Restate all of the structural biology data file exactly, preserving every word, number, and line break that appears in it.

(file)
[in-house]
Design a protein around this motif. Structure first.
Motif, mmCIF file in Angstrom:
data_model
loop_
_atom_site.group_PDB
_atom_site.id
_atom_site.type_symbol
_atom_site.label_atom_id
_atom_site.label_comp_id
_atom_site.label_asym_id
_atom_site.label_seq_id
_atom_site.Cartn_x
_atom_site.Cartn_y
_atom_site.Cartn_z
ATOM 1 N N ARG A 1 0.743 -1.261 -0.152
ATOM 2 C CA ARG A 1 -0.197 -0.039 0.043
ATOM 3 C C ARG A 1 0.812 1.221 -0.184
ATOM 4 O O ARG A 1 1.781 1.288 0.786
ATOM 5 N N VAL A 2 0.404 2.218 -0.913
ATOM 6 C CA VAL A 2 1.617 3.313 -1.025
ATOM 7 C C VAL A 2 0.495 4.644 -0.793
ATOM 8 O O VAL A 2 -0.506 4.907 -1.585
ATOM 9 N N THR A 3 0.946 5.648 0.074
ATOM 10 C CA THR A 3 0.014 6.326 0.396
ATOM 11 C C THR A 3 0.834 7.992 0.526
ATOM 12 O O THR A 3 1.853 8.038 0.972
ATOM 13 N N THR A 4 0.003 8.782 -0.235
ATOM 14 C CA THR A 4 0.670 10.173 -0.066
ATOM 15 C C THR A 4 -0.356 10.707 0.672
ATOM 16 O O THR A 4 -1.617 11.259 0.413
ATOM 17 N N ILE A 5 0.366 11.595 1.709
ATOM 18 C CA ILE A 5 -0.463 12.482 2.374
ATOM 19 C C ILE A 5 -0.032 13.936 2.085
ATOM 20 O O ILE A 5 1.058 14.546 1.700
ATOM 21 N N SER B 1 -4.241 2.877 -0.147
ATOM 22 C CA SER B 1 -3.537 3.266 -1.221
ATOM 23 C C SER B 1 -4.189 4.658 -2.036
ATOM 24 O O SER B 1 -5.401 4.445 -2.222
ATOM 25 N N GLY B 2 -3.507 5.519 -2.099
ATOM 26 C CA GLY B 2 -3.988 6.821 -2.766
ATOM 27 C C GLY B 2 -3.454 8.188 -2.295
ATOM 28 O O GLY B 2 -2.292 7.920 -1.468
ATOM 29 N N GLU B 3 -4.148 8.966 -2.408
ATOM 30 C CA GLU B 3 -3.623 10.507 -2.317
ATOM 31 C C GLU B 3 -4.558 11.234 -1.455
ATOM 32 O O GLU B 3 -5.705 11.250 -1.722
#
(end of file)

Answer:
[in-house]
Design a protein around this motif. Structure first.
Motif, mmCIF file in Angstrom:
data_model
loop_
_atom_site.group_PDB
_atom_site.id
_atom_site.type_symbol
_atom_site.label_atom_id
_atom_site.label_comp_id
_atom_site.label_asym_id
_atom_site.label_seq_id
_atom_site.Cartn_x
_atom_site.Cartn_y
_atom_site.Cartn_z
ATOM 1 N N ARG A 1 0.743 -1.261 -0.152
ATOM 2 C CA ARG A 1 -0.197 -0.039 0.043
ATOM 3 C C ARG A 1 0.812 1.221 -0.184
ATOM 4 O O ARG A 1 1.781 1.288 0.786
ATOM 5 N N VAL A 2 0.404 2.218 -0.913
ATOM 6 C CA VAL A 2 1.617 3.313 -1.025
ATOM 7 C C VAL A 2 0.495 4.644 -0.793
ATOM 8 O O VAL A 2 -0.506 4.907 -1.585
ATOM 9 N N THR A 3 0.946 5.648 0.074
ATOM 10 C CA THR A 3 0.014 6.326 0.396
ATOM 11 C C THR A 3 0.834 7.992 0.526
ATOM 12 O O THR A 3 1.853 8.038 0.972
ATOM 13 N N THR A 4 0.003 8.782 -0.235
ATOM 14 C CA THR A 4 0.670 10.173 -0.066
ATOM 15 C C THR A 4 -0.356 10.707 0.672
ATOM 16 O O THR A 4 -1.617 11.259 0.413
ATOM 17 N N ILE A 5 0.366 11.595 1.709
ATOM 18 C CA ILE A 5 -0.463 12.482 2.374
ATOM 19 C C ILE A 5 -0.032 13.936 2.085
ATOM 20 O O ILE A 5 1.058 14.546 1.700
ATOM 21 N N SER B 1 -4.241 2.877 -0.147
ATOM 22 C CA SER B 1 -3.537 3.266 -1.221
ATOM 23 C C SER B 1 -4.189 4.658 -2.036
ATOM 24 O O SER B 1 -5.401 4.445 -2.222
ATOM 25 N N GLY B 2 -3.507 5.519 -2.099
ATOM 26 C CA GLY B 2 -3.988 6.821 -2.766
ATOM 27 C C GLY B 2 -3.454 8.188 -2.295
ATOM 28 O O GLY B 2 -2.292 7.920 -1.468
ATOM 29 N N GLU B 3 -4.148 8.966 -2.408
ATOM 30 C CA GLU B 3 -3.623 10.507 -2.317
ATOM 31 C C GLU B 3 -4.558 11.234 -1.455
ATOM 32 O O GLU B 3 -5.705 11.250 -1.722
#